Uncle Ben’s to source all basmati rice through certified sustainability standard

All basmati rice sold under the world's largest rice brand will be sourced under a sustainability platform to address human rights issues in supply chains and improve the environmental impact of farming practices.

Mars Food has announced that basmati rice sold under the Uncle Ben’s and the Seeds of Change brands will be sourced from farmers working towards the Sustainable Rice Platform’s (SRP) standard for rice growing.

Having worked with the SRP since 2013, Mars Food has agreed to the sourcing principles for the two brands after a successful pilot project in 2016. The project tested new SRP growing technologies in Pakistan and delivered an 8% increase in yield, a 30% reduction in water consumption, and a 32% increase in net income for the farmers.

The new announcement marks the first major milestone in Mars Food’s journey to source all its rice varieties from farmers working towards the SRP standard by 2020.

“We’ve shown that sustainable rice can sustain a farmer’s livelihood,” Mars Food’s global sustainable sourcing director Luc Beerens said. “These innovations, if adopted throughout the industry, could fundamentally shift how rice is grown today, helping to protect the environment, lift farmers out of poverty, and meet future demand worldwide.”

More than 3.5 billion people across the globe rely on rice for food, and 19% of the population are employed in rice production. Traditional rice cultivating practices use around 40% of the world’s irrigation water and account for 10% of global emissions. As population, and therefore demand, grows, Mars Foods is seeking to promote sustainability to its rice suppliers in India and Pakistan.

Mars Food already works with suppliers and partners to promote best practice, such as the International Rice Research Institute, WWF and sustainability-orientated Swiss Intercooperation Helvetas.

SRP was established by UN Environment and the International Rice Research Institute to develop the gold standard for rice production practices. While SRP maps farmers against 46 performance indicators, Mars Food will also invest in programmes to address human rights and women’s empowerment. Mars Food will provide health clinics in Pakistan and issue a study on gender roles in the rice supply chain in India.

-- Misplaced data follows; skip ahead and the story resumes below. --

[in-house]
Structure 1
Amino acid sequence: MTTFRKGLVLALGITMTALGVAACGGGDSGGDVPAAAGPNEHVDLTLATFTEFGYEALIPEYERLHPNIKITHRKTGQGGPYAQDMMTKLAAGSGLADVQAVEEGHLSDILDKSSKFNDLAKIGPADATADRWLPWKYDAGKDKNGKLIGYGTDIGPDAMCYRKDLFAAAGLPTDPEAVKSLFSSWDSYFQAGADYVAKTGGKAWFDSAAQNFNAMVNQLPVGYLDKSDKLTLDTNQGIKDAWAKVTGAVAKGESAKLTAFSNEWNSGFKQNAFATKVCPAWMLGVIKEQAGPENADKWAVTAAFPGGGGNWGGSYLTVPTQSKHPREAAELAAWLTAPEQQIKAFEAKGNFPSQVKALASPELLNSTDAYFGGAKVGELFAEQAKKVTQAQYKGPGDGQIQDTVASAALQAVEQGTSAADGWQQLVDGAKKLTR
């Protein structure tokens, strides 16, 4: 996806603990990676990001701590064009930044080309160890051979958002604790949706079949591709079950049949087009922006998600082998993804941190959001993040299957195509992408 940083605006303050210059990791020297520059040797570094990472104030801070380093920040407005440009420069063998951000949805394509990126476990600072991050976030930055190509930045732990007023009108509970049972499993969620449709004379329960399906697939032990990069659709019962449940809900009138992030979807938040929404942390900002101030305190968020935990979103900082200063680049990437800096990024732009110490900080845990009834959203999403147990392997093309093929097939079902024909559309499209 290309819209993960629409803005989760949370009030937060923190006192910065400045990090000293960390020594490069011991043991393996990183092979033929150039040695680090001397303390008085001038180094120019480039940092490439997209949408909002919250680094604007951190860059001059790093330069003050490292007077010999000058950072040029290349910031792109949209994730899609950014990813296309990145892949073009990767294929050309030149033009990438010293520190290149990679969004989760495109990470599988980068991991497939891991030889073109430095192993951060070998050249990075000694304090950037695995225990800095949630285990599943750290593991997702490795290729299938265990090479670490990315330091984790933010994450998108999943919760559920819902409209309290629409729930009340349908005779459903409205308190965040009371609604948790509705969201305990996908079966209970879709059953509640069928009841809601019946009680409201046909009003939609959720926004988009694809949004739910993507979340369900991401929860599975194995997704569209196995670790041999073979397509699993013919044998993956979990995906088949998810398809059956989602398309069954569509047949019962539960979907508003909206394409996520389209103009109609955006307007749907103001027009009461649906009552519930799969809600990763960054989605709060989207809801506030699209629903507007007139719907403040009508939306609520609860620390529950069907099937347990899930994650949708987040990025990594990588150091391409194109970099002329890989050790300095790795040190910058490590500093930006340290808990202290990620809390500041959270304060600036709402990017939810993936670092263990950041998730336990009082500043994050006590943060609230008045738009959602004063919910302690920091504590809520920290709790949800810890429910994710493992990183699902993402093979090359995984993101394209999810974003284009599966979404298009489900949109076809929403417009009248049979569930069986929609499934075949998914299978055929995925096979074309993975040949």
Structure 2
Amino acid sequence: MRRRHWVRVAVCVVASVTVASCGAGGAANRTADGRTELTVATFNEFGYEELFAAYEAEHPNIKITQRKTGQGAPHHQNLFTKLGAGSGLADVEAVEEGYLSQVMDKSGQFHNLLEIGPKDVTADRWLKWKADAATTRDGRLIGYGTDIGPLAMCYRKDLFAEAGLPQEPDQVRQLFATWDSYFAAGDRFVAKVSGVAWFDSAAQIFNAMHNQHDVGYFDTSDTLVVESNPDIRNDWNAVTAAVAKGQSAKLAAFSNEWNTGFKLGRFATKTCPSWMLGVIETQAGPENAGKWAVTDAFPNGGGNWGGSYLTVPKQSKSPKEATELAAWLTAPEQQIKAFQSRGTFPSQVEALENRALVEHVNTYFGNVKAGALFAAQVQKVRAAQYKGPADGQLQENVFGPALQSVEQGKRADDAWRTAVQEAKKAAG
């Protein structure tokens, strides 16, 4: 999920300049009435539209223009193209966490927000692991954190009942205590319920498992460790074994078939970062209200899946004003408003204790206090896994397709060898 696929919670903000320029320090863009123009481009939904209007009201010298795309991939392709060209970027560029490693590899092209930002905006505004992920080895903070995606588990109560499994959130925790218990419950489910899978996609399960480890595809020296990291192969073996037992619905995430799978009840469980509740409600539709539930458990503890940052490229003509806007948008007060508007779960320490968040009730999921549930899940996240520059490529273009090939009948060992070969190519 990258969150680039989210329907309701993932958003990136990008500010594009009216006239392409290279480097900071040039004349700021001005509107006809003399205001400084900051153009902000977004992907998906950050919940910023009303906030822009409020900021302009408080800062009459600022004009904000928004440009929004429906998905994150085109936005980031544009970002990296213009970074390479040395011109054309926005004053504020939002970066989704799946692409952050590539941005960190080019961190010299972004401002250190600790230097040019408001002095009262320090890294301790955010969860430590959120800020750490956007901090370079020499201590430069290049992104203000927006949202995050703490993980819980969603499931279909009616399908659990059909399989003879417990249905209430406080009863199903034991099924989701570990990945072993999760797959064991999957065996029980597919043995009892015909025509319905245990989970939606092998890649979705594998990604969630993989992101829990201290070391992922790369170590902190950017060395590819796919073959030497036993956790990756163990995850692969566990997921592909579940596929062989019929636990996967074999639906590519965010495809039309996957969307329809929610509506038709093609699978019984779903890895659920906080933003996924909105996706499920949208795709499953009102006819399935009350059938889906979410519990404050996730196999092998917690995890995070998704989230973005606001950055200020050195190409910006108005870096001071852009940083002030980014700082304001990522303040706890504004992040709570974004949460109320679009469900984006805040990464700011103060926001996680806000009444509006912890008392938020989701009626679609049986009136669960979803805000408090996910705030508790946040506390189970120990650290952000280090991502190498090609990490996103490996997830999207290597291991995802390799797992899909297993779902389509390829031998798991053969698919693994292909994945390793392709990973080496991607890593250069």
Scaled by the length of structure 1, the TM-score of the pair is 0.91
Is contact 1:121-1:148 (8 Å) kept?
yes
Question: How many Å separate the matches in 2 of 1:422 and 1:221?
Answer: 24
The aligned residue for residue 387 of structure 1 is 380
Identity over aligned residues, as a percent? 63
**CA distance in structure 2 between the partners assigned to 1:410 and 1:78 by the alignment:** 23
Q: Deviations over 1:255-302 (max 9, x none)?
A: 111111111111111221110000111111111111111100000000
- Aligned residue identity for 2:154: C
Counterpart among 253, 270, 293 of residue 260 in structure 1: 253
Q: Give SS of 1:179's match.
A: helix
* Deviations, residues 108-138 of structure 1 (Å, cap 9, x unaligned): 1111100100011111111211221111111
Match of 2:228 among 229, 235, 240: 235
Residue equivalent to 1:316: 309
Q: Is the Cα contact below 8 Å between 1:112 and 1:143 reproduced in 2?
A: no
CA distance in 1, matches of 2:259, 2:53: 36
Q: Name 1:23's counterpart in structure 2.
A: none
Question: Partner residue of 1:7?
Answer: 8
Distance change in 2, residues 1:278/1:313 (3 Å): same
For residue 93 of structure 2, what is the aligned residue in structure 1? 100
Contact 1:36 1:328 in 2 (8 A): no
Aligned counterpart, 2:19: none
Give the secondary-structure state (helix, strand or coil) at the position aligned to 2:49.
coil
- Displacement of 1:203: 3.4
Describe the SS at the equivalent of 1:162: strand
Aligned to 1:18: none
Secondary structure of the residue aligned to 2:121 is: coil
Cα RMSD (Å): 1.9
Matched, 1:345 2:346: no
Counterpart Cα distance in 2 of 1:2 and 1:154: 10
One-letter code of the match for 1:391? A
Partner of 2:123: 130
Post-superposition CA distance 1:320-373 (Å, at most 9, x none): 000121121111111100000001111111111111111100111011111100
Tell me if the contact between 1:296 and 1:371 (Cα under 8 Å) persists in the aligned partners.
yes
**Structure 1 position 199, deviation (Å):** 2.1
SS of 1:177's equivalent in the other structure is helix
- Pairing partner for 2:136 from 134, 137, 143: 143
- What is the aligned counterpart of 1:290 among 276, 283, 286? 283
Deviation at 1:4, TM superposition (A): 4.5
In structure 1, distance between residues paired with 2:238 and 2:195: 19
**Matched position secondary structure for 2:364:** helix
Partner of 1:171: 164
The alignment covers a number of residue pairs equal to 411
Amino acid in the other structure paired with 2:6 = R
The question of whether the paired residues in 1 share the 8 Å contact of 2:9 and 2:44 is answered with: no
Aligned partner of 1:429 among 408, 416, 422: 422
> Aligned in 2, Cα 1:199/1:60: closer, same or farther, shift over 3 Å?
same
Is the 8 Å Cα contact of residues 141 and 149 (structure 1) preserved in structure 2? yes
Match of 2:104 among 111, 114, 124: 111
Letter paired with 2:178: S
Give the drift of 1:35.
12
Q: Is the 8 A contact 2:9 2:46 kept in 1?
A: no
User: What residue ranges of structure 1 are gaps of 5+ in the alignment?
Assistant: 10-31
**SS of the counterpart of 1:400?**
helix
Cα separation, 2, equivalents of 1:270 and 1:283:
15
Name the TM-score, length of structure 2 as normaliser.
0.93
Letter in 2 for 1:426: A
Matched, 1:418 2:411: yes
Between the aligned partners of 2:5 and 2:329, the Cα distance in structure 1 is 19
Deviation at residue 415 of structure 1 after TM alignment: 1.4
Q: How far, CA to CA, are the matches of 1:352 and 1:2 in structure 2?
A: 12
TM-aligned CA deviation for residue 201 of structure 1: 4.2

“We have greatly appreciated Mars Food’s leadership as a first-mover and front-runner within the SRP and are pleased to see that Mars Food is building upon the SRP standard in its own supply chain through implementation of additional impact programs,” UN Environment’s James Lomax added.

Farmer Income Lab

The SRP pledge follows on from Mars’ unveiling of a near-$1bn investment into a new sustainability action plan that uses science-based targets to “drastically expand” on previous carbon goals.

Mars’ Sustainable in a Generation plan is a new corporate strategy that sets a 67% reduction in emissions across Mars’ value chain by 2050. The new sustainability plan also includes targets to eliminate water use in excess of “sustainable levels” in its value chain and improve the working lives of one million people that it sources from.

Earlier this year, Mars also launched a programme to boost cross-sector collaboration to improve smallholder farmer incomes across agricultural supply chains. The Farmer Income Lab will be tested through Mars’ Livelihoods Fund for Family Farming scheme, which seeks to improve farming and production methods, reduce greenhouse gas (GHG) emissions, and improve the living standards of local communities in developing countries.

Matt Mace

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